Mill Run resident turns donation into gifts for Memory Care patients

Mill Run resident Delilah "Dee" Beeman is sewing stuffed animals that she will give out as gifts to the facility's Memory Care patients

Mill Run resident Delilah “Dee” Beeman is sewing stuffed animals that she will give out as gifts to the facility’s Memory Care patients

By LANCE CRANMER                                  

HILLIARD, Ohio – It’s an unspoken lesson learned quickly by folks who grew up on the farm.

If a neighbor needs a helping hand, you give it to them.

“I’m an old Iowa girl,” said Delilah Beeman, better known as “Dee” around National Church Residences Mill Run. “That’s what we were taught to do on the farm. We help each other.”

As far back as the second grade, Dee remembers her mother teaching her how to sew.

A quick glance around her apartment at Mill Run and her handy work is obvious.

Her bedspread, drapes, jacket, tea cozy … all products of Dee’s creativity with a sewing machine.

But it’s the little things that Dee does for others – most of the time without even being asked – that makes her beloved among the staff and residents.

“All she needs is for someone to say, ‘this might help if …’ and it’s done,” said Linda Roehrenbeck, the Executive Director at Mill Run. “She doesn’t thrive on kudos. It’s the joy she gets from giving.”

When a resident suffering from a brain tumor lost her hair due to radiation, Dee quickly knitted her a few caps.

“She didn’t like bright colors so I made her black, brown, gray and tan ones,” said Dee, who also makes hats for patients at the James Cancer Hospital in Columbus. “I’m a cancer survivor. Twice. So I understand.”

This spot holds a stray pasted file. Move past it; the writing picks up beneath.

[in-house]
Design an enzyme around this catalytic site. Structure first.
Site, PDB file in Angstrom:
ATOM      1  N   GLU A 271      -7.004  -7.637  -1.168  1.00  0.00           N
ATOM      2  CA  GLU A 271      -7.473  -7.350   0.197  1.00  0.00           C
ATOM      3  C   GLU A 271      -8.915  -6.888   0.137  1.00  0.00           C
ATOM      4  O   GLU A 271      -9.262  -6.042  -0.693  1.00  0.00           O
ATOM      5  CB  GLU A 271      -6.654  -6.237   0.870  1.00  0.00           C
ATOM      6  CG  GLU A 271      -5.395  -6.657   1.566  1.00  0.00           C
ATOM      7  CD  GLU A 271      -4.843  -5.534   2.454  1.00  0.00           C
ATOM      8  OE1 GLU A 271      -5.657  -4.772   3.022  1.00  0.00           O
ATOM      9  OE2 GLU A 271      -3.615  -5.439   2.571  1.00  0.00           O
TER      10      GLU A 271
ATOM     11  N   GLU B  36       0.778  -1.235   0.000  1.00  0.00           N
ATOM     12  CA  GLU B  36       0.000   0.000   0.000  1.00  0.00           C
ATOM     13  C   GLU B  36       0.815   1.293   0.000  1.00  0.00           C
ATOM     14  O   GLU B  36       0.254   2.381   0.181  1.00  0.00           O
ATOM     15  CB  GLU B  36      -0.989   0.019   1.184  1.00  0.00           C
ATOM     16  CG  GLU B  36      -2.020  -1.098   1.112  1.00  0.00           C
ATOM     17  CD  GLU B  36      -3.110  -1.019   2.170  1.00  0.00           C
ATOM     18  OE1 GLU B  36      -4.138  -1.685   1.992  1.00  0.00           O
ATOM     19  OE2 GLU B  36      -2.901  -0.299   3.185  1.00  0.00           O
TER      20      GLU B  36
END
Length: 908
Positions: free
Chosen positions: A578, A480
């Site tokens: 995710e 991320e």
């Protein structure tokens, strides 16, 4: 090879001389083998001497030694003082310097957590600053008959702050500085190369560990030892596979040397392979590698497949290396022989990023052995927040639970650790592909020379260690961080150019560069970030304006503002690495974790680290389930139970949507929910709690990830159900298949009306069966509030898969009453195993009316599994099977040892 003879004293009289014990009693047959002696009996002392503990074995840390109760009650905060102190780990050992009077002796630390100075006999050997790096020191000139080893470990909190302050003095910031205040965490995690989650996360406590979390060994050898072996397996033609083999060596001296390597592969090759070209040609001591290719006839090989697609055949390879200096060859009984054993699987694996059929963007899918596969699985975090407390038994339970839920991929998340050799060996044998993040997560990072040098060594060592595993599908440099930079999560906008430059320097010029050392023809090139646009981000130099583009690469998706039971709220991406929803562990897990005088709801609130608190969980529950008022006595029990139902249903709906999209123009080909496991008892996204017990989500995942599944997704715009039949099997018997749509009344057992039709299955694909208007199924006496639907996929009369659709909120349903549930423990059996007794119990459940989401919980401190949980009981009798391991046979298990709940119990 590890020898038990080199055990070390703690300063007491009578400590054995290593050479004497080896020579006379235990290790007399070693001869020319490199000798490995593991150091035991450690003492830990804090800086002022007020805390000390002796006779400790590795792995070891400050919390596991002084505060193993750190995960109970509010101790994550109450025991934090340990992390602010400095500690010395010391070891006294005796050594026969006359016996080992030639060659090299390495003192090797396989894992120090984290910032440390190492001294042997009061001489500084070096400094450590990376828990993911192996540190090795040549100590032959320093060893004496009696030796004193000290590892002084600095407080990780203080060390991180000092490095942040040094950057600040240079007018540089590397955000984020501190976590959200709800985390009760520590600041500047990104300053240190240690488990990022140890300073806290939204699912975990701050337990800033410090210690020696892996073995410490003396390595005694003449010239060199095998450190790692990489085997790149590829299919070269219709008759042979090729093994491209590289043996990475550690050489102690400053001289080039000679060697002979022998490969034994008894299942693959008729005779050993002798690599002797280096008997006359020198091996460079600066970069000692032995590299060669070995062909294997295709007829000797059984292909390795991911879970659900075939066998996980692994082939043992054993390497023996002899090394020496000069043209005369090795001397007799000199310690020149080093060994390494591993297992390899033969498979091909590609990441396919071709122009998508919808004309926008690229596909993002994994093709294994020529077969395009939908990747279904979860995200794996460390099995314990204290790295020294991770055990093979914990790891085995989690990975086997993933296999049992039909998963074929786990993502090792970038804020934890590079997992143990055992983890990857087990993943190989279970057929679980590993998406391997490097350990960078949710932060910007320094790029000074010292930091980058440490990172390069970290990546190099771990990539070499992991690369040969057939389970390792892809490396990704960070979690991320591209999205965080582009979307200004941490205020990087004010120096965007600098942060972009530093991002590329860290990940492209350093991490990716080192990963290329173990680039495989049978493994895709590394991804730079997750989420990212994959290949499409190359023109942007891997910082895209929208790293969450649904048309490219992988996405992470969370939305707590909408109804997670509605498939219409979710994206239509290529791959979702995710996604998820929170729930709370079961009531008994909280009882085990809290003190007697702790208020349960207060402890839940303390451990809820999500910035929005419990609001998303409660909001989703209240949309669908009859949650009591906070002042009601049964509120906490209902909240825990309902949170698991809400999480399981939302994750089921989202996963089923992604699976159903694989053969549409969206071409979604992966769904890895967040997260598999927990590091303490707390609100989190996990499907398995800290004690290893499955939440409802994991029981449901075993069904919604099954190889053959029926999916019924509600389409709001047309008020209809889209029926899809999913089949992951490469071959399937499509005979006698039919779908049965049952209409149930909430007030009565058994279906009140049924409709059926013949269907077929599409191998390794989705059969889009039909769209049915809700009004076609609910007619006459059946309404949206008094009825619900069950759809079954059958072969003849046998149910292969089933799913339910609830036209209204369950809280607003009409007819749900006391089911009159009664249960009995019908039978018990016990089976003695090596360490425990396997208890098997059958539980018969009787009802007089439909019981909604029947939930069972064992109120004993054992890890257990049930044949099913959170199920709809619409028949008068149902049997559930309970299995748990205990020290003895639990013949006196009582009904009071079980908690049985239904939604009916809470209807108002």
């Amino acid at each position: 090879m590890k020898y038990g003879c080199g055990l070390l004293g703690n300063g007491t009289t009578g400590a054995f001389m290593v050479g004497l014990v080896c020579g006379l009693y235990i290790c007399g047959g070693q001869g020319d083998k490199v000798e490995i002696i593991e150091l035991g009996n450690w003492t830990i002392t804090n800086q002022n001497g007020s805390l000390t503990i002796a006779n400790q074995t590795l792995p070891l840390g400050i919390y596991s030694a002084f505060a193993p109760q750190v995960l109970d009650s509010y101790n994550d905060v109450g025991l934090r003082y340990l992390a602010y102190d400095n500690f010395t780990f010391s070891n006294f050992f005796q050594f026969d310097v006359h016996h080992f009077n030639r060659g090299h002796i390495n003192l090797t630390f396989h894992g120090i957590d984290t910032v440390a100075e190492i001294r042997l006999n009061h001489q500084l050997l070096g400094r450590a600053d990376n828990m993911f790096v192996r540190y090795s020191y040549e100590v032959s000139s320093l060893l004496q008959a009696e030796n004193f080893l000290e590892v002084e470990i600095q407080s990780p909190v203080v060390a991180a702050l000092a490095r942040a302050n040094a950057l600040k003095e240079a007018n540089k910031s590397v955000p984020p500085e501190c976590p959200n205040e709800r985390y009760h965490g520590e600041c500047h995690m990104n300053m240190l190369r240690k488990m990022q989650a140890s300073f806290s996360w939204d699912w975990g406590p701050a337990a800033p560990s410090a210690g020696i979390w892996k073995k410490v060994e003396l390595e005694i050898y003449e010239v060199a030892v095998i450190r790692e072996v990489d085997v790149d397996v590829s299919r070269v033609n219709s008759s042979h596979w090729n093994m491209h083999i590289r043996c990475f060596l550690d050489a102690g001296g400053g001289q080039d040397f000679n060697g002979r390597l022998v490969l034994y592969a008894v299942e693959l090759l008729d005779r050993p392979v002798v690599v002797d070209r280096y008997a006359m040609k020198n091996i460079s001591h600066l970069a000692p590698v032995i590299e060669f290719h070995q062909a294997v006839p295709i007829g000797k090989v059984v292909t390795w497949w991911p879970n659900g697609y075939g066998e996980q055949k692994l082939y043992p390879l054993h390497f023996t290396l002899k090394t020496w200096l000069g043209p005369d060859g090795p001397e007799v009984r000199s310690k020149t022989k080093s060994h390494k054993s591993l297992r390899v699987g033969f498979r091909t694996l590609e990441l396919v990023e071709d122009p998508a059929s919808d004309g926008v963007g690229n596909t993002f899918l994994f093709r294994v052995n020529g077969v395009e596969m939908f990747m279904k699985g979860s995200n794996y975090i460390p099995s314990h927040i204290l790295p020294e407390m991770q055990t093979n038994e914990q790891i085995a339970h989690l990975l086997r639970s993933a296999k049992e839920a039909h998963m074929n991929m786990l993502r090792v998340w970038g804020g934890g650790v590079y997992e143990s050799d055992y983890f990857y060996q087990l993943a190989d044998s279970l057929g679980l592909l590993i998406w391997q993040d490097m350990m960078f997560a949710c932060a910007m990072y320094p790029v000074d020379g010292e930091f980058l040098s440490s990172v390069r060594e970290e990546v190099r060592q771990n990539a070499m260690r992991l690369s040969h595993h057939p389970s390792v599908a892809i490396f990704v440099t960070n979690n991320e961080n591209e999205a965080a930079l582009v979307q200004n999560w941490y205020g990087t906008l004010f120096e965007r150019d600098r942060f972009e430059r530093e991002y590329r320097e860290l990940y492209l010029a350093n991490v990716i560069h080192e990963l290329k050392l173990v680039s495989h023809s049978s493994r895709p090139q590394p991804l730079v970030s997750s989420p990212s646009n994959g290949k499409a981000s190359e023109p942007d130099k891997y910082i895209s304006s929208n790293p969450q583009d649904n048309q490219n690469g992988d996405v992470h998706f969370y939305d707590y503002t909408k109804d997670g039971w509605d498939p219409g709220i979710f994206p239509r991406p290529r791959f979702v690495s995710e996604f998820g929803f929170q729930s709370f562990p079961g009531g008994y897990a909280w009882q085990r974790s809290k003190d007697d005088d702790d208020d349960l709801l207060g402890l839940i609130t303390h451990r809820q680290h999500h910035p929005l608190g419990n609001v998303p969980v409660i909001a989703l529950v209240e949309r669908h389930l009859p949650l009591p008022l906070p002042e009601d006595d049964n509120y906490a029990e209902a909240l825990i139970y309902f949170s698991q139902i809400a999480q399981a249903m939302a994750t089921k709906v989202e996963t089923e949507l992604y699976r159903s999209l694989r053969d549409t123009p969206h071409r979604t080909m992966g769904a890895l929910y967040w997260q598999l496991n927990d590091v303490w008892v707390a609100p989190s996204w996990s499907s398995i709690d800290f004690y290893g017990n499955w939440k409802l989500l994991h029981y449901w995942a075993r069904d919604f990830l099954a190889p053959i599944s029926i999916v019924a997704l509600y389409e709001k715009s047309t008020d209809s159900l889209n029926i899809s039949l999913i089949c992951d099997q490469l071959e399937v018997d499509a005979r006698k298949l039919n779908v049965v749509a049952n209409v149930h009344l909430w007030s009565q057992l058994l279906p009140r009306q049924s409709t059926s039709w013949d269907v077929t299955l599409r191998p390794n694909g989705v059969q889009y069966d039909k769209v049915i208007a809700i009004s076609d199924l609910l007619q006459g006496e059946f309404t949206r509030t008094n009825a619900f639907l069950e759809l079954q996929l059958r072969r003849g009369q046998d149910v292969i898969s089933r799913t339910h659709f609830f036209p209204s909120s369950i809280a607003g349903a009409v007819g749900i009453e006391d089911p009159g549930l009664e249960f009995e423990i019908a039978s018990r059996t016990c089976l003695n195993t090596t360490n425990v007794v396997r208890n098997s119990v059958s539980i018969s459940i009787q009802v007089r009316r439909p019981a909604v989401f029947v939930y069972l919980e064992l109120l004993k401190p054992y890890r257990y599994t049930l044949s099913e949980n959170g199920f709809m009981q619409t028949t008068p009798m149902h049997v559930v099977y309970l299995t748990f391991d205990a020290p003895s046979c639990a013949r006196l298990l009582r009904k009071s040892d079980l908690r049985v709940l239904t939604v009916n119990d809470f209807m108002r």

When the shirt-savers, worn by Memory Care patients while they eat, began to show signs of wear, Dee collected them and sewed new Velcro patches on so they once again stayed in place.

Dee is a member of the Knot Just Knitters club at Mill Run. As the program began to grow in popularity, a generous donor dropped off a large amount of material for the group to use.

“When the material came in, it was such nice material, I thought we had to use it for something else,” Dee said. “I make all kinds of little goodies.”

Dee decided to take the material and make a pattern for stuffed animals that she could pass out as presents to the Memory Care residents on Mill Run’s second floor.

“Our Memory Care patients would love to have things to hold,” said Linda. “She got the idea and she just started going. And then she decided that the men shouldn’t have Teddy bears. The men need a football.”

In the first week Dee produced a little more than a dozen small stuffed dogs, bears and footballs. She gave out one at first, but held the others until she made sure Linda approved.

“These are wonderful,” said Linda. “She’s so dear.”

“From the time you cut them out, stuff them and sew them together, it’s a little over an hour each,” said Dee, who suffers from carpal tunnel, but rarely takes breaks from her work. “I enjoy doing it. That’s the important thing.”

Dee arrived at Mill Run in December after many years of living on Columbus’ west side. She moved to the Buckeye State in 1945, married, belonged to multiple Masonic organizations, and raised a daughter and two adopted sons. After 58 years of marriage, Dee became a widow in 2003.

On Halloween, Dee Beeman will turn 93 years old. But to meet her, you would never know it.

“I feel wonderful. My balance is off. So I’m off my rocker,” she joked. “But I feel wonderful. I don’t have a care in the world, really. I don’t have anything to complain about.”

Dee said it is important to her to stay busy. And to find little ways she can help those around her.

“It’s better than sitting around watching TV all day,” Dee said. “If somebody needs a button sewn on, if they come to me, I’ll do it. One lady lost a button on her blouse. I just do little things that don’t amount to much. But she still thanks me for it.”